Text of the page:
West Loop, Near West Side, Pilsen


Want To Weigh In On Rahm's Budget Plan Before It Passes? Here's How

October 30, 2017 5:37am | Updated October 30, 2017 5:37am
The mayor's proposed $8.6 billion​ spending plan for 2018 would raise raise taxes on Uber or Lyft rides and hike the tax on phone lines.
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DNAinfo/Heather Cherone

NEAR WEST SIDE — The Chicago City Council's Progressive Reform Caucus will hold a town hall meeting to give residents a chance to weigh in on Mayor Rahm Emanuel's 2018 budget proposal.

The mayor's proposed $8.6 billion​ spending plan for 2018 would raise raise taxes on Uber or Lyft rides by 29 percent next year to fund improvements to CTA bus and train lines. In addition, aldermen are expected to hike taxes on cellphone bills and land lines by $1.10 per month per line to keep the laborers' pension fund out of the red while funding the modernization of the 911 system.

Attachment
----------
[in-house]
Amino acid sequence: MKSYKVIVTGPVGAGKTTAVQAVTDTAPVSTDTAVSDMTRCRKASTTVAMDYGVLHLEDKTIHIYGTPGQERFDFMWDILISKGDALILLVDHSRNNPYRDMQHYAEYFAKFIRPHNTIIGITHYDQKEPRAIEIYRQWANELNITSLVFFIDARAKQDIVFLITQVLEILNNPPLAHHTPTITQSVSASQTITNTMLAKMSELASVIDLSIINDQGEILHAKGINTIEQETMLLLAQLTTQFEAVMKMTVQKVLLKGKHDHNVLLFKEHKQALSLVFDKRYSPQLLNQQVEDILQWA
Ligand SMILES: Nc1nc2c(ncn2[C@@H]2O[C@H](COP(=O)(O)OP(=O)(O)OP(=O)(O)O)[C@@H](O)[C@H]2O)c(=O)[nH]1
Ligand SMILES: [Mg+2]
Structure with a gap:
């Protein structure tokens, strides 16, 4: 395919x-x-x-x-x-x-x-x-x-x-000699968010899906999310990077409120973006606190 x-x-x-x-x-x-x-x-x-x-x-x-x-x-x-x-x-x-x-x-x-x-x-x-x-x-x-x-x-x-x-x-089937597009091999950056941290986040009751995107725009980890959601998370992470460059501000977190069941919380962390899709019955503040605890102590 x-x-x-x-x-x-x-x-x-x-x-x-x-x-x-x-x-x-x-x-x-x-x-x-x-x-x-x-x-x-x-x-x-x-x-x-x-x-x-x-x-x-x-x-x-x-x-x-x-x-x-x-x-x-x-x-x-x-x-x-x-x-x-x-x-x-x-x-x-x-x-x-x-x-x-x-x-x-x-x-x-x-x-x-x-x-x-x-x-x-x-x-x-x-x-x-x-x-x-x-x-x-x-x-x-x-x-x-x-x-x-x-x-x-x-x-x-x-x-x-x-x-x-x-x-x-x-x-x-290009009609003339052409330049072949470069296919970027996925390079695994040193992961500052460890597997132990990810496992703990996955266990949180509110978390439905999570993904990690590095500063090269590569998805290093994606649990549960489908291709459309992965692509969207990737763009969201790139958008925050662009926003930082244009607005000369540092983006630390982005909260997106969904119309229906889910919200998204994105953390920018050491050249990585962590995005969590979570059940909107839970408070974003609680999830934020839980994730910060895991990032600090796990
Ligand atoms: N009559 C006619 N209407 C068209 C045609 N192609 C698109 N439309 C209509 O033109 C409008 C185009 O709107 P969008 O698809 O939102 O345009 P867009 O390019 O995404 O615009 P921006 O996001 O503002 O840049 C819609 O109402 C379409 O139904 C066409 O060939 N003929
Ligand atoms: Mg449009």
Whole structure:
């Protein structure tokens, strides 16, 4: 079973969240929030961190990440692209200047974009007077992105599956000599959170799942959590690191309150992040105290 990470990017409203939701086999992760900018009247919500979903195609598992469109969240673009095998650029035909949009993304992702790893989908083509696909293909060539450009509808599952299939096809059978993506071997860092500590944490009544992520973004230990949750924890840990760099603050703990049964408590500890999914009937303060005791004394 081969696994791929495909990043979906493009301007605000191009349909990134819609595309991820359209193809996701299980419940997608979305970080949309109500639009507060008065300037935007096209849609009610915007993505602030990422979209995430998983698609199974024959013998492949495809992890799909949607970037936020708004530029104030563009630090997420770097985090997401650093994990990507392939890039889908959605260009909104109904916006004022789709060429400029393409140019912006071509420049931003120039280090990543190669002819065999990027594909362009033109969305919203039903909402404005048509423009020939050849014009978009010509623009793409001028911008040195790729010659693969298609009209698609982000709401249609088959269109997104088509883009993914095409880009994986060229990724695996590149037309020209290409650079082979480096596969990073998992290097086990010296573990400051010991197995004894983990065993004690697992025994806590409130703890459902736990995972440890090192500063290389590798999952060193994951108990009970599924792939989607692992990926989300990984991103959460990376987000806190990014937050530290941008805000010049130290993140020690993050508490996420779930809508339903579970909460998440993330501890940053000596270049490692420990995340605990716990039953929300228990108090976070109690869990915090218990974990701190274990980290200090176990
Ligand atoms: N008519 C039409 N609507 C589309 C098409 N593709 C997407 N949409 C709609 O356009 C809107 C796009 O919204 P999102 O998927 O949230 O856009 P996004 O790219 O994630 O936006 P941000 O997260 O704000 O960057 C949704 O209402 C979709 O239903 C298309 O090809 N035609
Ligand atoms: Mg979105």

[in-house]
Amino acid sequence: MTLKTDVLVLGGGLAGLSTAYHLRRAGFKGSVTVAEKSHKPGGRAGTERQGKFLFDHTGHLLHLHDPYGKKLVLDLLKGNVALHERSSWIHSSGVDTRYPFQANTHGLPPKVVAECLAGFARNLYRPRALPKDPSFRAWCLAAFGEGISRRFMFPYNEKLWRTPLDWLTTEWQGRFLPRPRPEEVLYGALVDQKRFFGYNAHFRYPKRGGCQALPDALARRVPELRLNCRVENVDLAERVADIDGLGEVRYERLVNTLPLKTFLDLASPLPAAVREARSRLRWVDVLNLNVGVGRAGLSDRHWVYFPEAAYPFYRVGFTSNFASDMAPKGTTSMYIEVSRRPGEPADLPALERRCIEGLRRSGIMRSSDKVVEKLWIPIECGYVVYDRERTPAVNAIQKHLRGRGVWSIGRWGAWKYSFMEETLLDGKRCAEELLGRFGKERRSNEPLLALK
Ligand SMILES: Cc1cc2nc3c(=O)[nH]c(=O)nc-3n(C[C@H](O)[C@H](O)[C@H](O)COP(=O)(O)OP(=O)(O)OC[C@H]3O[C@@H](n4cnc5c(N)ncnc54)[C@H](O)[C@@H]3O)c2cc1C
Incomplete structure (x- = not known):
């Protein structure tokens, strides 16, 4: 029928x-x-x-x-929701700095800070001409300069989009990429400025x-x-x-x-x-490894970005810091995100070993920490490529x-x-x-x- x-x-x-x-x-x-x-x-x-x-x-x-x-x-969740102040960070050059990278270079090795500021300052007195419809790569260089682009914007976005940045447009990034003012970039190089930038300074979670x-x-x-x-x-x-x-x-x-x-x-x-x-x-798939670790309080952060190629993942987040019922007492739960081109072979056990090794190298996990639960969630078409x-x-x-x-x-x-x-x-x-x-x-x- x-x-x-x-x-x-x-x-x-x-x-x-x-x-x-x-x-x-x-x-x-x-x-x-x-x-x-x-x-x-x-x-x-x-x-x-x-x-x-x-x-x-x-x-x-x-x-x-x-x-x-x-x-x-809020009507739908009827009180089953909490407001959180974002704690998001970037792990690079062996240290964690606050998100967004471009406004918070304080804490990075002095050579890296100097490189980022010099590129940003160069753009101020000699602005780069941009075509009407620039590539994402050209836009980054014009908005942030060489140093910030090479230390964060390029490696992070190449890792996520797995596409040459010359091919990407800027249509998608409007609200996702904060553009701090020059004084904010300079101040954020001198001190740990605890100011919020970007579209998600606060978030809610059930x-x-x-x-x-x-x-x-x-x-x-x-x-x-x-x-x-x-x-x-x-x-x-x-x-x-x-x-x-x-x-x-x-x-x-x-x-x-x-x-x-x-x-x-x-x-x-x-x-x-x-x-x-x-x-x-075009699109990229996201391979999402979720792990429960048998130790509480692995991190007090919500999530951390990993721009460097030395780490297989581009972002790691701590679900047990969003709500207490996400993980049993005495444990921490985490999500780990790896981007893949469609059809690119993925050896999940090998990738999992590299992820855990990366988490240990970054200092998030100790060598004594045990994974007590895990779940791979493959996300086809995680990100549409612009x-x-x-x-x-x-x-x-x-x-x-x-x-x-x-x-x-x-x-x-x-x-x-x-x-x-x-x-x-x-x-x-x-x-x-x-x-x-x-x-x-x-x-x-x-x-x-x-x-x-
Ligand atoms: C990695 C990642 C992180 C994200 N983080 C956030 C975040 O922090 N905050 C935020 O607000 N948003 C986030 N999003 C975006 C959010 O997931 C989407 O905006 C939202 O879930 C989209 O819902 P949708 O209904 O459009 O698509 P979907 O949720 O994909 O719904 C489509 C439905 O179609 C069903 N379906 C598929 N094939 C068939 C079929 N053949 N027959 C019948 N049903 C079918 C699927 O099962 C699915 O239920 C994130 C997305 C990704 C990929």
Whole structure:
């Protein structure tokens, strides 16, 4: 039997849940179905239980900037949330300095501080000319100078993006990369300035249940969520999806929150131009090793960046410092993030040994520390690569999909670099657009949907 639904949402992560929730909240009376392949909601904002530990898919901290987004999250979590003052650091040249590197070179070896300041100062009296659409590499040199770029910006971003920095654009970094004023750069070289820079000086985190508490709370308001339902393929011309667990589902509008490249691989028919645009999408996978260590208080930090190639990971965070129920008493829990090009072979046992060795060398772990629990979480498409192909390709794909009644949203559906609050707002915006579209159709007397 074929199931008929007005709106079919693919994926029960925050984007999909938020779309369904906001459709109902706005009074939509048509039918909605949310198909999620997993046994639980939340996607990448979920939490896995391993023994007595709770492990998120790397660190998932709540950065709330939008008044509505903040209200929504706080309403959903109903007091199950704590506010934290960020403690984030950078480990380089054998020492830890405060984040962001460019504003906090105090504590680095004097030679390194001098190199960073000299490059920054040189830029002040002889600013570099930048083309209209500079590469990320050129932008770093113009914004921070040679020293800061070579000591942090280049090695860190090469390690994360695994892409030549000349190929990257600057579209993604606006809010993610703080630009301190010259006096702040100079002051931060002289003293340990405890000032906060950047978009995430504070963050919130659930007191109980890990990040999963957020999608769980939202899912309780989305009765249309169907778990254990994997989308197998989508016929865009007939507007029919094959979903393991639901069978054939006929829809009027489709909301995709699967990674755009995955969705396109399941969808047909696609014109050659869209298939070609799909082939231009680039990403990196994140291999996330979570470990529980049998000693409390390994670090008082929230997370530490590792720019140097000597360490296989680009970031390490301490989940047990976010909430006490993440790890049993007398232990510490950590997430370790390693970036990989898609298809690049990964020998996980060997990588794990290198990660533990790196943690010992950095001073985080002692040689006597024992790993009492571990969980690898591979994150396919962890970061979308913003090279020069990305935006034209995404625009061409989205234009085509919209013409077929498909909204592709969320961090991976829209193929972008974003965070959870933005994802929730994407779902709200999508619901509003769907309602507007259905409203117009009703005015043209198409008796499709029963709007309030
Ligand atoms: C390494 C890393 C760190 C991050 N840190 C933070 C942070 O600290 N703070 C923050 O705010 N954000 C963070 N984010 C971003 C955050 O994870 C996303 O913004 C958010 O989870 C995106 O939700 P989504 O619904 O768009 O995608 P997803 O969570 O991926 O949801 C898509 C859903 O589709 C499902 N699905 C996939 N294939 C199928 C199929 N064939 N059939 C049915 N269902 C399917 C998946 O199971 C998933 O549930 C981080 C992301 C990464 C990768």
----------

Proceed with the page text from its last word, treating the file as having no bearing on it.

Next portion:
The town hall meeting will take place from 6-8 p.m. Thursday at Malcolm X City College, 1900 W. Jackson Blvd.

The fiercest criticism of the mayor's budget plan came from some of the 11 members of the caucus.

Chairman Ald. Scott Waguespack (32nd) slammed the mayor for painting "a rosy picture" that obscures the fact that it includes tax and fee hikes that he said will hit the city's poorest residents the hardest.

“The mayor would like us to believe that the city’s finances are back on track," Waguespack said. "The scenes in Chicago’s neighborhoods and our public school classrooms, children desperate for resources, tell a different story."

Ald. John Arena (45th) said the mayor's proposal to raise taxes on Uber or Lyft rides was not enough to make up for the drop in public transportation ridership and increased congestion caused by ride-hailing services.

"They need to be a bigger participant in helping us balance our books," Arena said.

Other budget highlights include:

City To Write More Parking Tickets On Weekends Because It Needs The Money

Here’s How The New Cellphone Tax Will Affect You

Huge Drop In Bag Use Costs The City $4.2M But Means Less Litter, City Says

Midsize Concerts Would Be Cheaper, But Big Shows Pricier Under Rahm Plan

$1 Million More To Fight Rats As Rodent Complaints Multiply

$24M Police Reform 'Down Payment' Includes 100 New Training Officers: Rahm